by Cornelia Grey
The editing stage – for many writers, it feels harder than actually writing the bloody book. While I am no exception, I find essential for one specific reason: I’m not a native English speaker.
As some of you might already know, I’m Italian, and I moved to London about four years ago to attend university. That’s when I started writing in English, and I have to admit my first attempts were rather disastrous. It wasn’t so much because of mistakes, but rather because of how my Italian language infiltrated my use of English. I remember, when I handed in an essay about aesthetic theory, that my tutor told me that it read like ‘one of those French philosophy books where no one actually understands what’s being said’: the sentences were long an convoluted, the tone extremely formal with lots of big complex words. Italian, French and Spanish already tend to have long sentences, and while the latin-derived words of the English language come easy to native speakers of these languages, they sound obscure and far-fetched to everyone else. In addition, we are taught that, for academic writing, we should be as formal as possible: which, in those languages, means to make sentences even more convoluted and with super-fancy vocabulary. That writing style was completely normal for me: it was unintelligible for a native English speaker.
This problem translates to fiction writing, too. My sentences are forever lengthy; while they might not be grammatically wrong, they have unconventional structures, which sound odd to native English speakers. Also, I tend to use lots of latin-derived words, because they’re very similar to common Italian words: it was only after annoying many a reader that I realized that they sound like pompous purple prose in English. For example, concupiscence = concupiscienza; perspicacious = perspicace; malediction = maledizione. The almost synonyms lust, smart, and curse don’t come naturally to me, and before someone pointed it out, I never even suspected that my choice of words might be unusual.
These Italianisms aren’t my only challenge. I harbour a burning hatred towards prepositions, that I never seem to get right; I tend to mix up idiomatic expressions, or to try and translate Italian ones and end up with stuff that doesn’t really make sense. But most of all, I have issues with the little details that are conventions rather than actual rules – the ones that aren’t technically wrong, but sound wrong anyway. And the thing is, I can’t see these mistakes: I need someone to point them out for me. I can’t tell if I sound Italian, or if I’m making someone sound like they’re from Dublin rather than from Manchester or Alabama. These are all nuances of the language that can only be picked up living immersed in it. I know them perfectly in Italian: but while I’ve been living abroad for a few years, I’m definitely still struggling with them in English.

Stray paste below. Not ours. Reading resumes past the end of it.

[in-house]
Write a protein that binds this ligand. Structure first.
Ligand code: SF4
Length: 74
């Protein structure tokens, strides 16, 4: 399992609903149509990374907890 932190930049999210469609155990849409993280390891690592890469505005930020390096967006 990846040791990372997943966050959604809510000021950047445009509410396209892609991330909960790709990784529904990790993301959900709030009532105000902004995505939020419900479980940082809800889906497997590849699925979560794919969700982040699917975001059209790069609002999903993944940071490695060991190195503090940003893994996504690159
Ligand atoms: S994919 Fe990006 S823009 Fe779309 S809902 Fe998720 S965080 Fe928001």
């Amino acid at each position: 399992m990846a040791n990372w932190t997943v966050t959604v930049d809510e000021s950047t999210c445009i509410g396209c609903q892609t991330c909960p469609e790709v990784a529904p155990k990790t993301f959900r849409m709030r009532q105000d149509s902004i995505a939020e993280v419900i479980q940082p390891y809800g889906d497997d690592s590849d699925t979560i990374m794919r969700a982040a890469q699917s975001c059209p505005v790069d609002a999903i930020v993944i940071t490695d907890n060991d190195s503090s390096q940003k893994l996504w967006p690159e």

Which is why I know I need good editors. I’d like to make a comparison with a situation I often noticed in class. I just completed a degree in Creative Writing, and I noticed that a number of my fellow students took issue whenever they shared something in class and the tutor critiqued them. Some pitched a fit about how the tutor was evil and mean and cruel; others ranted about how the tutors were presumptuous arses, because you can’t say that something is wrong in a creative piece, and that’s what they wanted to write so how can anyone say that it’s wrong; some complained that the tutors should just point out what works in the pieces, never the negative, in order not to discourage the frail spirit of creation fluttering in the students’ timid souls.